The latest Android vulnerability to fret about isn’t limited to any particular device, or any specific firmware version. That’s because it doesn’t start with Android at all, but with Qualcomm, the company that provides internal components for hardware manufacturers. Lots of them. In this case, 900 million Android smartphones with Qualcomm inside are at risk, and fixing them will be no easy task.
As security research firm Check Point detailed this week, the vulnerability in question is actually a set of four issues, collectively called QuadRooter, and affects Qualcomm chipsets from manufacturers ranging from HTC to LG to OnePlus to Google, which contracts with other makers for its own Nexus devices. It’s serious; compromised devices would give bad actors root access, meaning they could collect any data stored on the phone, control the camera and microphone, and track its GPS location. It’s like giving someone the keys to your house, then holding the door open for them while they make off with the jewels.
Smartphones and tablets often experience vulnerabilities like this, regardless of the operating system. When it happens on iOS, though, Apple’s generally able to address the issue quickly because it so tightly controls both the hardware and software that comprise its ecosystem. On Android, the fixes are rarely so easy.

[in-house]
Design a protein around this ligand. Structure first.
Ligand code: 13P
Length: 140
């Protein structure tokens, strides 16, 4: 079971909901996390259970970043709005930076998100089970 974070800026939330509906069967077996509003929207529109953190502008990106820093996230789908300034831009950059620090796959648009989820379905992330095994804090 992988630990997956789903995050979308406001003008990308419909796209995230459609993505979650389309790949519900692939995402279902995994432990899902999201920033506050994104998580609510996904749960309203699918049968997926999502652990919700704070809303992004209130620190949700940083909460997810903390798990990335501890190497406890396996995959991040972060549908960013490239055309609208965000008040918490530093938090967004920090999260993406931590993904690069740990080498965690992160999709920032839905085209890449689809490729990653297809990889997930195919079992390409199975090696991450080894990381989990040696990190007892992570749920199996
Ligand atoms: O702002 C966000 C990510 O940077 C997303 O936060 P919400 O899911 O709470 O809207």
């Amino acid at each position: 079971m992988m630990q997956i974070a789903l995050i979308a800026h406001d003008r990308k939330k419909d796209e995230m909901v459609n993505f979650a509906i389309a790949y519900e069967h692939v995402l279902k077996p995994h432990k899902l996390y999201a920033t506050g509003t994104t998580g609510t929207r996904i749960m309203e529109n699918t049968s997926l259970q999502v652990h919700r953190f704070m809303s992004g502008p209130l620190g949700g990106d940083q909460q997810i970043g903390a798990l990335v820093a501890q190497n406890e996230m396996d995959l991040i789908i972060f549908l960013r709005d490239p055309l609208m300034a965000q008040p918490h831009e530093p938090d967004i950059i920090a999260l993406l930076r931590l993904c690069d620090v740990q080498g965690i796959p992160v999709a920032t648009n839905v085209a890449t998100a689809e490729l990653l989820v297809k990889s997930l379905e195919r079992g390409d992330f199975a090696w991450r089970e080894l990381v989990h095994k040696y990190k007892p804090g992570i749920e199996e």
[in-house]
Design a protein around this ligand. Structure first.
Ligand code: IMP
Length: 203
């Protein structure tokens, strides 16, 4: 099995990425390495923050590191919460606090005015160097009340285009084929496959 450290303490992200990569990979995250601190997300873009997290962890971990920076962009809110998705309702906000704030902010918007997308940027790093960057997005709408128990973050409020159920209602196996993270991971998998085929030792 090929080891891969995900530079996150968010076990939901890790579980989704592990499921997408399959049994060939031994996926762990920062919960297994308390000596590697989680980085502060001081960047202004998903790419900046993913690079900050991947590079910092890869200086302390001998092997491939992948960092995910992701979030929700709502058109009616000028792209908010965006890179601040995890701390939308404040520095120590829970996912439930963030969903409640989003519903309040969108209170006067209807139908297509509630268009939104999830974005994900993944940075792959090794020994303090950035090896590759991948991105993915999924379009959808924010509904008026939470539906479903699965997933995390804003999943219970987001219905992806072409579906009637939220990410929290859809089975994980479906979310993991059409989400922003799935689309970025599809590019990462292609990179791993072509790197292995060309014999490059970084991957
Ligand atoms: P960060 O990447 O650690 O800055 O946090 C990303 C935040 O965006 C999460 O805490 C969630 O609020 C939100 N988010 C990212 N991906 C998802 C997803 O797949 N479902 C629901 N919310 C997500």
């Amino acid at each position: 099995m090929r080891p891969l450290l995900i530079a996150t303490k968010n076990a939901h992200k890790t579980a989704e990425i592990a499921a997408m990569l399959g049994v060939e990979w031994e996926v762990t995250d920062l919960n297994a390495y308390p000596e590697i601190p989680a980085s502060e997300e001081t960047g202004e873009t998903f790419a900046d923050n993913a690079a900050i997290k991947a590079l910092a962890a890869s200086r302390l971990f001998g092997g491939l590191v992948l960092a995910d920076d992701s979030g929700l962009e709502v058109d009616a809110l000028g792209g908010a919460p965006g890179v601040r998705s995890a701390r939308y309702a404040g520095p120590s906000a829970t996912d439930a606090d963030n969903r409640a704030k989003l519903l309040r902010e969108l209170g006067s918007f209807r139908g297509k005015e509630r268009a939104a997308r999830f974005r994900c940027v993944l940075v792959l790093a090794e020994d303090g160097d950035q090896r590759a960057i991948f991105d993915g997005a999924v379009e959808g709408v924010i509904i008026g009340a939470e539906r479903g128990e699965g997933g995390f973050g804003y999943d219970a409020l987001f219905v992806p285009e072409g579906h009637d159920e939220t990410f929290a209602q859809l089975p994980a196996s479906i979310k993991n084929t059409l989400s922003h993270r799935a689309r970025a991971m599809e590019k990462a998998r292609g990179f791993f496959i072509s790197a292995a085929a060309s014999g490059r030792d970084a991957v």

“Android security updates are really hard,” says Jeff Zacuto, a member of Check Point’s Mobile Research team. “The Android ecosystem is so fragmented. There are a lot of different versions and variants of Android in the marketplace, because each individual device has its own particular nuances.”
That’s not a new problem; even at the most basic level, only 15 percent of Android devices have updated to Android 6.0 Marshmallow, which Google released last October. Nearly a third are still on Android 4.4 KitKat, which by now is nearly …